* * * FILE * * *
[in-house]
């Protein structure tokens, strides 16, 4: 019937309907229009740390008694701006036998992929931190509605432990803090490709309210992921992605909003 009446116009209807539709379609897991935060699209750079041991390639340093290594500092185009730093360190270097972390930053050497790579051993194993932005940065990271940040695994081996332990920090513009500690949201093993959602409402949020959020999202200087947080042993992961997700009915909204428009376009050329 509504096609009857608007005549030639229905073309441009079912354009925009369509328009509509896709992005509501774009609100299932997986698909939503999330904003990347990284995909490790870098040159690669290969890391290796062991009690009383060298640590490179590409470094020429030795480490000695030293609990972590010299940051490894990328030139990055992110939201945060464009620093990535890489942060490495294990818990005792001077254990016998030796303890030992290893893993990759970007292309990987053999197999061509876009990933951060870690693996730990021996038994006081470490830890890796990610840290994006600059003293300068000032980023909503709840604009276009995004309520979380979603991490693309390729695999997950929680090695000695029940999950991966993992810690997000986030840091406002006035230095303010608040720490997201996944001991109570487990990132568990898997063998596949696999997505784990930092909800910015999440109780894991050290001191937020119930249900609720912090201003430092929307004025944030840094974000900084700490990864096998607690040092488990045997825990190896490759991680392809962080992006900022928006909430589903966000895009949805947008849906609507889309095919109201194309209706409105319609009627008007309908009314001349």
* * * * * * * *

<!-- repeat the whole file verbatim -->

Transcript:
[in-house]
């Protein structure tokens, strides 16, 4: 019937309907229009740390008694701006036998992929931190509605432990803090490709309210992921992605909003 009446116009209807539709379609897991935060699209750079041991390639340093290594500092185009730093360190270097972390930053050497790579051993194993932005940065990271940040695994081996332990920090513009500690949201093993959602409402949020959020999202200087947080042993992961997700009915909204428009376009050329 509504096609009857608007005549030639229905073309441009079912354009925009369509328009509509896709992005509501774009609100299932997986698909939503999330904003990347990284995909490790870098040159690669290969890391290796062991009690009383060298640590490179590409470094020429030795480490000695030293609990972590010299940051490894990328030139990055992110939201945060464009620093990535890489942060490495294990818990005792001077254990016998030796303890030992290893893993990759970007292309990987053999197999061509876009990933951060870690693996730990021996038994006081470490830890890796990610840290994006600059003293300068000032980023909503709840604009276009995004309520979380979603991490693309390729695999997950929680090695000695029940999950991966993992810690997000986030840091406002006035230095303010608040720490997201996944001991109570487990990132568990898997063998596949696999997505784990930092909800910015999440109780894991050290001191937020119930249900609720912090201003430092929307004025944030840094974000900084700490990864096998607690040092488990045997825990190896490759991680392809962080992006900022928006909430589903966000895009949805947008849906609507889309095919109201194309209706409105319609009627008007309908009314001349």